Khiva, a former khanate in Central Asia, was conquered by the Russians in 1873. All possessions of Khiva on the northern side of the Amu Darya became Russian and the rest was also subject to Russia although ruled by the khan. Under the Soviets, Khiva became a part of the Turkmen Soviet Social Republic. In 1991 Uzbekistan declared independence from the Soviet Union.
A group of Mennonites from the province of Samara under the leadership of Claas Epp in 1880 sought refuge in Central Asia to escape military conscription and to prepare to meet Christ at His Second Coming. After unsuccessful attempts to settle near Tashkent, they proceeded in the direction of Khiva where they settled in 1882 on the Amu Darya River. Since they were constantly attacked by the surrounding native population, some 20 families returned to Samara in 1884 in order to set out for America.
The remainder under the leadership of Claas Epp settled on the oasis of Ak-Metchet in the vicinity of the city of Khiva. During the pioneer days numerous families left the settlement to go to America. After the economic hardships had been overcome, and after the death of Claas Epp in 1913 their chiliastic views gradually disappeared and the settlement attained the status of a normal religious and economic life. During the Soviet regime it was dissolved and the group exiled.
Bartsch, Franz. Unser Auszug nach Mittel-Asien. Halbstadt, 1907.
Epp, Claas. Die Entsiegelung des Propheten Daniel. Alt-Tschau, 1878.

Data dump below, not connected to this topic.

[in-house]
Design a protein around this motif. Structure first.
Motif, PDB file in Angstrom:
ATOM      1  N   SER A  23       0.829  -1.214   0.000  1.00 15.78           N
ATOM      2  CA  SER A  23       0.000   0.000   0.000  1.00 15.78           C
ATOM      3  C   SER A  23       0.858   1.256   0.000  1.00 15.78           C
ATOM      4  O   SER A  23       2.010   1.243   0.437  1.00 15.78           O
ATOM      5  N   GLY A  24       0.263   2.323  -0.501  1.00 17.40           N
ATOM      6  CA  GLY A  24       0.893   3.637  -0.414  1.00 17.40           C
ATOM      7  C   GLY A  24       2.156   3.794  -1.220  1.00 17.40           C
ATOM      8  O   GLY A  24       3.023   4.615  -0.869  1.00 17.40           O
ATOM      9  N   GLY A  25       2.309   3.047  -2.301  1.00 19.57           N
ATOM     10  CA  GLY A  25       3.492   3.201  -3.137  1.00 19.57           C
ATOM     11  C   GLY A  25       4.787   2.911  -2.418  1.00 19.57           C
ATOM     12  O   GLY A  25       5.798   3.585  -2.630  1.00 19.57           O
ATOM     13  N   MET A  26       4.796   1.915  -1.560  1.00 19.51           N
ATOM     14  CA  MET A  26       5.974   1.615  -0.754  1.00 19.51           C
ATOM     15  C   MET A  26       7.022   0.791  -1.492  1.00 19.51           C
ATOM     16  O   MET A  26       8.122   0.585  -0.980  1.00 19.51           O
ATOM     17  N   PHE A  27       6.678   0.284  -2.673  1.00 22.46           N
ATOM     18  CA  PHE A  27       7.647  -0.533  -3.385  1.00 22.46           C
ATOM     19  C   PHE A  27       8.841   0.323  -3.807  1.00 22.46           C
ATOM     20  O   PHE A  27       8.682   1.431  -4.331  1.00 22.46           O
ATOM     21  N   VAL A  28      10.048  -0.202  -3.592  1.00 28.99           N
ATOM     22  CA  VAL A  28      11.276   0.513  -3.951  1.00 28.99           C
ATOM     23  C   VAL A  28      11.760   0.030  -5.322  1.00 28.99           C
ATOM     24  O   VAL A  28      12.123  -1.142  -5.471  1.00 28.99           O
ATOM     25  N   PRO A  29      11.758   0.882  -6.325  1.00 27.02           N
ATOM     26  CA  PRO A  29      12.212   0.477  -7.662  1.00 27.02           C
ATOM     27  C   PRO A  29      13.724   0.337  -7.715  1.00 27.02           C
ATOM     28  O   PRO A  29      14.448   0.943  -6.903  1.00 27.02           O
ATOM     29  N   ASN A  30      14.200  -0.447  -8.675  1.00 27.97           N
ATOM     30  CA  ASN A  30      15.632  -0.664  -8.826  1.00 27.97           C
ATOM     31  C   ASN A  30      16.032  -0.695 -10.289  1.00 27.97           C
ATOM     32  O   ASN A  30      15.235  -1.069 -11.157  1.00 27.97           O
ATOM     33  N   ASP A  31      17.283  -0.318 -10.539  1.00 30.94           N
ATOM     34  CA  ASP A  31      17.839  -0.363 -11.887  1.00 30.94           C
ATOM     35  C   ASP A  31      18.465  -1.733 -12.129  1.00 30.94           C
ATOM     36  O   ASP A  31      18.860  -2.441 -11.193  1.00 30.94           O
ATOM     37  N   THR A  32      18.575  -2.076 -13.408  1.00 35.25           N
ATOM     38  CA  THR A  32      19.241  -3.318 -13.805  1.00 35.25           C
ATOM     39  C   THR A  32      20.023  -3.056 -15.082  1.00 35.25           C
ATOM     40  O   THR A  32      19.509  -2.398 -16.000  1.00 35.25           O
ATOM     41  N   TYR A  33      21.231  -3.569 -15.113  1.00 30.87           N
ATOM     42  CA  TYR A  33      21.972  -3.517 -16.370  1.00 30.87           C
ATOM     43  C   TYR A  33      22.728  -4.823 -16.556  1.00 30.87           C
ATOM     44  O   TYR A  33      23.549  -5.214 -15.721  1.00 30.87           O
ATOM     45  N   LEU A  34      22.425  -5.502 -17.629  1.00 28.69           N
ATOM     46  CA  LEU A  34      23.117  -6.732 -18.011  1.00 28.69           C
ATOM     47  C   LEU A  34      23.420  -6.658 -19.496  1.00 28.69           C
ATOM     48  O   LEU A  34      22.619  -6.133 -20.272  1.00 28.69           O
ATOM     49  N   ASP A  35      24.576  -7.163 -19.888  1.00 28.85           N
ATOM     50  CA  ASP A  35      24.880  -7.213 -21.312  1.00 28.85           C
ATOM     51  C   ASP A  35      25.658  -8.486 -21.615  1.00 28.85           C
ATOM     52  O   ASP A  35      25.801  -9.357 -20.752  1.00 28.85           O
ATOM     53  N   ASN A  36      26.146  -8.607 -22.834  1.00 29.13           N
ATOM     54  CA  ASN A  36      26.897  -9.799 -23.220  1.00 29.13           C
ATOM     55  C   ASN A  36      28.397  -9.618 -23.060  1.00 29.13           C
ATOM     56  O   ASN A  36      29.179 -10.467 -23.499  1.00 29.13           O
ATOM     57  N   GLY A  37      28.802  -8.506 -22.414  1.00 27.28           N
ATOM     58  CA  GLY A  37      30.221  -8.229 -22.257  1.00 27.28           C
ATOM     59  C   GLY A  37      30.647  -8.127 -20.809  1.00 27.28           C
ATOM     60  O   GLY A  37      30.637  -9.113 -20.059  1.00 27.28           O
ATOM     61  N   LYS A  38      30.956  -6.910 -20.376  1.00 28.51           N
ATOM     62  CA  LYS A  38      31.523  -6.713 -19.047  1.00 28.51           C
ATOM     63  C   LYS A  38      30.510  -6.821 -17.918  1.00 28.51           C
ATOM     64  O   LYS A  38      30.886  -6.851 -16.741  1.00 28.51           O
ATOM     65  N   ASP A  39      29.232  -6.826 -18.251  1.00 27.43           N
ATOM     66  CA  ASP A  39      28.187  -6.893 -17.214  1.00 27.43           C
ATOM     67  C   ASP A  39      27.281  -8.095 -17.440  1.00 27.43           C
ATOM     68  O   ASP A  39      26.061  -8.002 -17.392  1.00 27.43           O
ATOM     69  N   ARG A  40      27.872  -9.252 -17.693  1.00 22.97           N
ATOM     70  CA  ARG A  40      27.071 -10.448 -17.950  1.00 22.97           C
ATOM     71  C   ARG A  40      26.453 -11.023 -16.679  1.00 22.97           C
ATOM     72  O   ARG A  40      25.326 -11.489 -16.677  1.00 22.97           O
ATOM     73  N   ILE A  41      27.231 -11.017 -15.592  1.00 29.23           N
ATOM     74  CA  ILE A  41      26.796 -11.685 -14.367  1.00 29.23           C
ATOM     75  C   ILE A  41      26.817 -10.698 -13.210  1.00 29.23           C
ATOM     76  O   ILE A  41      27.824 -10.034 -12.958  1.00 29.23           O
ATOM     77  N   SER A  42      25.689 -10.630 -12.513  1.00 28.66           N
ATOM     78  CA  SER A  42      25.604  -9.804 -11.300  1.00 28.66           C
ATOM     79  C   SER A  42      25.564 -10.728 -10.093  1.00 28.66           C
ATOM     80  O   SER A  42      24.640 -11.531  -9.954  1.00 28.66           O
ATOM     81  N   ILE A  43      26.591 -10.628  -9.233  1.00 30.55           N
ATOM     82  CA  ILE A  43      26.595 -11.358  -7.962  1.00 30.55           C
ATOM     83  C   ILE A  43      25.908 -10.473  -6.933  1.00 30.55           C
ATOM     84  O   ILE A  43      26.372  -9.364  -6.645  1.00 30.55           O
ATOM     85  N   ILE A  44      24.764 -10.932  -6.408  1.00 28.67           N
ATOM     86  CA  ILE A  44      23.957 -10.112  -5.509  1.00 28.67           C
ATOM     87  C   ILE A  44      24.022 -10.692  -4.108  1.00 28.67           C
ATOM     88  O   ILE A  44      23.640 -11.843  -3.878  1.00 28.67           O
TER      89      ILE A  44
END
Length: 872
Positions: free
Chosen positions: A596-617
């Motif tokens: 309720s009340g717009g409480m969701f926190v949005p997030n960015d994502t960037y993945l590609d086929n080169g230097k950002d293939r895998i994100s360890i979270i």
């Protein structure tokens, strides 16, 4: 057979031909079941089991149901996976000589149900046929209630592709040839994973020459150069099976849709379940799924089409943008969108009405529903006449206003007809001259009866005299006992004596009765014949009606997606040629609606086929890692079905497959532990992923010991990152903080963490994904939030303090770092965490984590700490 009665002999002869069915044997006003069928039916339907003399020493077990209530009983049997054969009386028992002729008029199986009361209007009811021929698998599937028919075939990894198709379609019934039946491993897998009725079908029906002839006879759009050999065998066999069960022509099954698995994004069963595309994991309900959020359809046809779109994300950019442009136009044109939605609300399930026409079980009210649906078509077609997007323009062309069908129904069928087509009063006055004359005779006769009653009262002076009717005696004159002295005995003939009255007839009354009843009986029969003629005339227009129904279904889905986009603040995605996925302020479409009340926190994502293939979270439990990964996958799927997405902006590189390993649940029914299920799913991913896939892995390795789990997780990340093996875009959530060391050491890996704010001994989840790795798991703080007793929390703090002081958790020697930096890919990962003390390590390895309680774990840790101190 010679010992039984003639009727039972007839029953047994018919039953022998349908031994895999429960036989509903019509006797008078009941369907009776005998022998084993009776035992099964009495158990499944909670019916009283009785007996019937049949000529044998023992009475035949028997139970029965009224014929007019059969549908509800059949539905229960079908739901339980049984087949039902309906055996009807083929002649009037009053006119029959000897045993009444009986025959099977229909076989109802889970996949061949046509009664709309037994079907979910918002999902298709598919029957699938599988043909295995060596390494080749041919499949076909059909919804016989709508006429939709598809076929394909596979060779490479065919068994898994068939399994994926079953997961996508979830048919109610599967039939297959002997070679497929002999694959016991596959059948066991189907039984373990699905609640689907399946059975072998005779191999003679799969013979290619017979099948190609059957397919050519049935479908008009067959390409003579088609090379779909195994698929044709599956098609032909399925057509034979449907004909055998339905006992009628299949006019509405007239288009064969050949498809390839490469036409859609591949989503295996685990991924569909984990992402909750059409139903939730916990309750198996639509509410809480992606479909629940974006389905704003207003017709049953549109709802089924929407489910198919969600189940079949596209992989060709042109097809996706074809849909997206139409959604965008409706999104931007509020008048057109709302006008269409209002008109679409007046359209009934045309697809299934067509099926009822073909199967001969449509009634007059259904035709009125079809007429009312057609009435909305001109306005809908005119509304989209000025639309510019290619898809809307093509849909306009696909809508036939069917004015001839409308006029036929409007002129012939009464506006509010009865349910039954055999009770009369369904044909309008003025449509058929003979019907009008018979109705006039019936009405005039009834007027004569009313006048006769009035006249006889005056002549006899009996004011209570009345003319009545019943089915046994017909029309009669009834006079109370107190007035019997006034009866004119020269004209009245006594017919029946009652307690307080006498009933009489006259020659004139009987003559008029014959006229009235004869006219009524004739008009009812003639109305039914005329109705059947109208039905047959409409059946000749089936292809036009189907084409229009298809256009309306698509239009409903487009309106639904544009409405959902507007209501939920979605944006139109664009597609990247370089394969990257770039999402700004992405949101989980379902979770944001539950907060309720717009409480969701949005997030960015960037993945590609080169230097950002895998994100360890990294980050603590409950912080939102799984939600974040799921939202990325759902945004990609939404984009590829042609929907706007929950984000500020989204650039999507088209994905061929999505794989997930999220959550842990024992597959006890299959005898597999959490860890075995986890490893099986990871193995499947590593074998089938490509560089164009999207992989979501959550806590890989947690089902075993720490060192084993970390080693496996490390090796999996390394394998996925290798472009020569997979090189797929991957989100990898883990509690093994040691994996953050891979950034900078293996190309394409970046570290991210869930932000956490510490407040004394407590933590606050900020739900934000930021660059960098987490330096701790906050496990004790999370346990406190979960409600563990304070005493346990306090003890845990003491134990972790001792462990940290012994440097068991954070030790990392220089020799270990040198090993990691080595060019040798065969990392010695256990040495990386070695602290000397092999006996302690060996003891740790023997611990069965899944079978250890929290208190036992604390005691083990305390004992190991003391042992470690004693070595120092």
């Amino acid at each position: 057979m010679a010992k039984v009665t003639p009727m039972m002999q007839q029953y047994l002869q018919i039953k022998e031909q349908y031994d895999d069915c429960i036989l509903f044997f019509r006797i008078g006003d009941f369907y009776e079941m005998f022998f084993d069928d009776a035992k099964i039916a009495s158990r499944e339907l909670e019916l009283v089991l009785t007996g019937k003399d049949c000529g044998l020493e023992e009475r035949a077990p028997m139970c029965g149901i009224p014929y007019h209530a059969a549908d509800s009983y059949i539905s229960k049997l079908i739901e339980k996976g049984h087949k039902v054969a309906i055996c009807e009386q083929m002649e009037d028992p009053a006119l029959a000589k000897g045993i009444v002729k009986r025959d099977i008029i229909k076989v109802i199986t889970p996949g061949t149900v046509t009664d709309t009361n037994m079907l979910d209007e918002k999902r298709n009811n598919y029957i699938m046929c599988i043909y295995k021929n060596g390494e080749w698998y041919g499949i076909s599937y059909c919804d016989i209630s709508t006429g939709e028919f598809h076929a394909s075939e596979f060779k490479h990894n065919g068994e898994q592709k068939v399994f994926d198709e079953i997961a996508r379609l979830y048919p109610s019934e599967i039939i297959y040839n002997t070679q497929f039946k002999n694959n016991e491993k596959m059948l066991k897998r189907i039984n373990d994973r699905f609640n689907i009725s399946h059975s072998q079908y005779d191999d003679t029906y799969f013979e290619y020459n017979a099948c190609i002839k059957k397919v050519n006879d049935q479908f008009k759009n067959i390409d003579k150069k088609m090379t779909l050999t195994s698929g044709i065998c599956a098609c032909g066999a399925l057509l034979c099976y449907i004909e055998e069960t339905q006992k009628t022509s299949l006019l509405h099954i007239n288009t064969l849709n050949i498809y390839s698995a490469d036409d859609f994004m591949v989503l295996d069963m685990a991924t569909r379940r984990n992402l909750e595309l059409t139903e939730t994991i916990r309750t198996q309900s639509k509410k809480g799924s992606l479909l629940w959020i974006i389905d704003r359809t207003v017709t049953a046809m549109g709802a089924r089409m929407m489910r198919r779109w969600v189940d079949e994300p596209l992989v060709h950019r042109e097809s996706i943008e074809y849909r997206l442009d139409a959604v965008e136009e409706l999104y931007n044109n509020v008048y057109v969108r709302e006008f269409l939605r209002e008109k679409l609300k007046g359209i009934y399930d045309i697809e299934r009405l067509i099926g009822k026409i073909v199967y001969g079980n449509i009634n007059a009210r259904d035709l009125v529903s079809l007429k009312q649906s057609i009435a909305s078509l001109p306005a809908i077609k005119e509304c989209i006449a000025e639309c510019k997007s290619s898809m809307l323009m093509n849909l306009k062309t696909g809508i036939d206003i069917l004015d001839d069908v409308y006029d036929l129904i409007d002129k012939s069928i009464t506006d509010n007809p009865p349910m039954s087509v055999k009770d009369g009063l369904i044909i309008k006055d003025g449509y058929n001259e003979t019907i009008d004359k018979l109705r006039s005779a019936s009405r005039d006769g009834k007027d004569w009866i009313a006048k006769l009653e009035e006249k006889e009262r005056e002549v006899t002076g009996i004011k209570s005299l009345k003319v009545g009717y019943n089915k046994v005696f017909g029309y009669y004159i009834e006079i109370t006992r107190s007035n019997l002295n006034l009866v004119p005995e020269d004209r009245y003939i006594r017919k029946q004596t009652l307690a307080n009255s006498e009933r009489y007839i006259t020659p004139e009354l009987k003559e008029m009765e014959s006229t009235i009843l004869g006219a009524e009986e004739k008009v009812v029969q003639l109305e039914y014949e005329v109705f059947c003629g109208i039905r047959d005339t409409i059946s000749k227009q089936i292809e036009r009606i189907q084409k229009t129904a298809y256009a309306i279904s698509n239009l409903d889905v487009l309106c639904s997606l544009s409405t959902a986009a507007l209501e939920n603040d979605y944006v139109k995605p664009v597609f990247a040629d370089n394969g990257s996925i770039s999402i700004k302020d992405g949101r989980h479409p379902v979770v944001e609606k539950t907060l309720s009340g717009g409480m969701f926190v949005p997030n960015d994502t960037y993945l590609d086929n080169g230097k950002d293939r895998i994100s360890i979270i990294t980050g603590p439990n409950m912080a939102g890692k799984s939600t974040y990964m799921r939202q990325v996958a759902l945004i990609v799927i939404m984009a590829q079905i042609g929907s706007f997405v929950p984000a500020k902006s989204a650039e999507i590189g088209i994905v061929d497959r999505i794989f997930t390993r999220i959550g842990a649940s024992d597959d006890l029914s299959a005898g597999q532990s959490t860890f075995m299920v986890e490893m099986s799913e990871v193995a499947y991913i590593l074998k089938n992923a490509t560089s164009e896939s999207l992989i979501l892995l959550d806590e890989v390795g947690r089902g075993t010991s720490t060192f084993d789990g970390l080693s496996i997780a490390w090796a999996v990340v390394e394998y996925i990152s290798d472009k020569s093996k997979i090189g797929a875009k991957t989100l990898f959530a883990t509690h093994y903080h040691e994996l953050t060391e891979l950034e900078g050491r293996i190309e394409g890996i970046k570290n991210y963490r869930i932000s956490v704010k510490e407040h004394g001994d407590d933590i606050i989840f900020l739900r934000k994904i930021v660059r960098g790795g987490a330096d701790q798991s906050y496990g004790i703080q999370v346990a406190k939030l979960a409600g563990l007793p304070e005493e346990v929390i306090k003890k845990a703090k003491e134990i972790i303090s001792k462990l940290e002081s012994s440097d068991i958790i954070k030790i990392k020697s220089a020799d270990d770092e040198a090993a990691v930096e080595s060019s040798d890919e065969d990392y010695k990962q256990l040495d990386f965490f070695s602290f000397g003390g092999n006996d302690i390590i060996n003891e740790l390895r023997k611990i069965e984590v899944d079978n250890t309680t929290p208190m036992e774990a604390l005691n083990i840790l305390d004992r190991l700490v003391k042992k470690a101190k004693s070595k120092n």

Hege, Christian and Christian Neff. Mennonitisches Lexikon, 4 vols. Frankfurt & Weierhof: Hege; Karlsruhe; Schneider, 1913-1967: v. I, 347.
Inoyatova, Dilaram M. "The Khivan Mennonites." Mennonite Life 62, no. 2 (Fall 2007).(accessed 28 November 2008).
Janzen, J. "Mennonite Colony in Turkestan." Mennonite Quarterly Review 4 (October 1930): 282-289.
 Cite This Article
Bergmann, Cornelius and Cornelius Krahn. "Khiva (Khorezm Oblast, Uzbekistan)." Global Anabaptist Mennonite Encyclopedia Online. 1957. Web. 22 Aug 2014. http://gameo.org/index.php?title=Khiva_(Khorezm_Oblast,_Uzbekistan)&oldid=88639.
Bergmann, Cornelius and Cornelius Krahn. (1957). Khiva (Khorezm Oblast, Uzbekistan). Global Anabaptist Mennonite Encyclopedia Online. Retrieved 22 August 2014, from http://gameo.org/index.php?title=Khiva_(Khorezm_Oblast,_Uzbekistan)&oldid=88639.
Herald Press website.
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